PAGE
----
Seattle councilmembers began the processing of approving amendments to the city’s 2021 budget Wednesday, voting on several proposals with wide-ranging implications.
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Among the more controversial measures include one that would raise a city-level car tab fee from $20 to $40. Initially, the hope had been to earmark the funds from that increased fee to address underfunded bridge maintenance.
A recent report published by the city auditor estimates that Seattle should be spending between $34 million and $102 million annually to meet engineering standards for bridge maintenance. Currently, the city spends roughly $10 million to that effect. By raising a vehicle licensing fee from $20 to $40, councilmembers estimate the city could raise an additional $3.6 million.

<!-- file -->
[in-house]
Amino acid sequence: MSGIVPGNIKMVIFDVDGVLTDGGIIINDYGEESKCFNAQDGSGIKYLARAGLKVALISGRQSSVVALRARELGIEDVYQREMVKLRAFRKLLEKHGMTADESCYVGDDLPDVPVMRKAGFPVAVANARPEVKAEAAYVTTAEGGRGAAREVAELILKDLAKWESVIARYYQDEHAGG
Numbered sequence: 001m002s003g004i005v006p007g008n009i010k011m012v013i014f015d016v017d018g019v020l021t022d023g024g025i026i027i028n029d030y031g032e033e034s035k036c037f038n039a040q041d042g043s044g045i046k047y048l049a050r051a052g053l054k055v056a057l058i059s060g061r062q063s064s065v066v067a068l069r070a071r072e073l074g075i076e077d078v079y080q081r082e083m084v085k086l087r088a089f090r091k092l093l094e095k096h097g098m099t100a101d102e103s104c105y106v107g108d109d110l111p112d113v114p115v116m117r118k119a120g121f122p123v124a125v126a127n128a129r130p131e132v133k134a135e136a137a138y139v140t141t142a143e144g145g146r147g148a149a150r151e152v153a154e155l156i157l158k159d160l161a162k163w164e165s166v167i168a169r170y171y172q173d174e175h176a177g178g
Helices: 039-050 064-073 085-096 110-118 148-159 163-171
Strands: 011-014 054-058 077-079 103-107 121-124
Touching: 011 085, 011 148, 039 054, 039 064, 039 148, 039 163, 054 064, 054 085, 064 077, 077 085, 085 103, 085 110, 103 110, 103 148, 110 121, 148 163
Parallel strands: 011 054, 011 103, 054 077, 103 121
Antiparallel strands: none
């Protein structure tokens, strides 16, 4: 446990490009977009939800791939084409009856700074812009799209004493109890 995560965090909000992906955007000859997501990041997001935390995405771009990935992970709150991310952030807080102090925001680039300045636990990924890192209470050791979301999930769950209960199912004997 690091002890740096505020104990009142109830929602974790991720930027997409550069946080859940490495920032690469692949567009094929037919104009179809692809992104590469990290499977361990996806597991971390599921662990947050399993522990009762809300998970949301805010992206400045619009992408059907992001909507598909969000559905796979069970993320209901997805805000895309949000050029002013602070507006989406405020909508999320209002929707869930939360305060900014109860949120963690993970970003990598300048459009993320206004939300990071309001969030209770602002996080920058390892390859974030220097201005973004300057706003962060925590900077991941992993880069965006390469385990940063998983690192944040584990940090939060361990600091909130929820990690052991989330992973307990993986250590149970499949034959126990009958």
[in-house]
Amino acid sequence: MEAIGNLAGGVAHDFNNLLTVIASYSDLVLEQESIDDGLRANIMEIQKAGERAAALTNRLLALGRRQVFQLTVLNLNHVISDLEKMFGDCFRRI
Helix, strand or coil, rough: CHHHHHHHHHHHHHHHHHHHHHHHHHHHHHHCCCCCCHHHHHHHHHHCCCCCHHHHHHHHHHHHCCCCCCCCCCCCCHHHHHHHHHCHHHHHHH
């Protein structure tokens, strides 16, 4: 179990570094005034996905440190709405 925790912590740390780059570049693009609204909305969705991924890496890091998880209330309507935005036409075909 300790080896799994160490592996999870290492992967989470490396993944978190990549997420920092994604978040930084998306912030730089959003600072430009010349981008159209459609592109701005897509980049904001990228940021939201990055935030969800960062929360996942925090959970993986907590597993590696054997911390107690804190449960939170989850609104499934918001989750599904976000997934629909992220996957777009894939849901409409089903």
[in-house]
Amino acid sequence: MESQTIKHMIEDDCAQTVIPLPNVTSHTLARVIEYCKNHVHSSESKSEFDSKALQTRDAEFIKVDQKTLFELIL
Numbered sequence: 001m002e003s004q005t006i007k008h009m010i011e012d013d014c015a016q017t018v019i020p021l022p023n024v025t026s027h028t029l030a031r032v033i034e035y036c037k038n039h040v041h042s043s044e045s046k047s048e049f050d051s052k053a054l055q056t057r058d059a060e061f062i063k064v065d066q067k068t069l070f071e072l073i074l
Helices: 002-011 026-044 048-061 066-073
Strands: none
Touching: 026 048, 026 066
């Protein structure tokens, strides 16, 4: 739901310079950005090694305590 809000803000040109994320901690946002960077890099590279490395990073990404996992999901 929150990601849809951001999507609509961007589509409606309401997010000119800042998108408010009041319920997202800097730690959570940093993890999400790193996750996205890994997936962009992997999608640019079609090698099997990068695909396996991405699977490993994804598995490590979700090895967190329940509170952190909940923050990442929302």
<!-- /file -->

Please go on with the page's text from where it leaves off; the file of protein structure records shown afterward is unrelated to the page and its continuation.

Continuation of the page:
Despite supporting the fee itself, Council President Lorena Gonzalez brought up concerns Wednesday over the lack of a stakeholder process in determining how those funds should be spent. Ultimately, the council agreed to include the car tab fee increase in its 2021 budget, but set aside the issue of how to spend it for future discussion.
Seattle Councilmember Kshama Sawant voiced her own disapproval for the measure, labeling it “one of the most deeply regressive taxes” the city could pass for low-income and working class residents. Sawant instead proposed the city raise that money by increasing rates for the JumpStart big business tax passed earlier in 2020. That proposal was voted down 8-1.
All of Seattle’s Democratic City Councilmembers shamefully just voted to increase car tab fees – one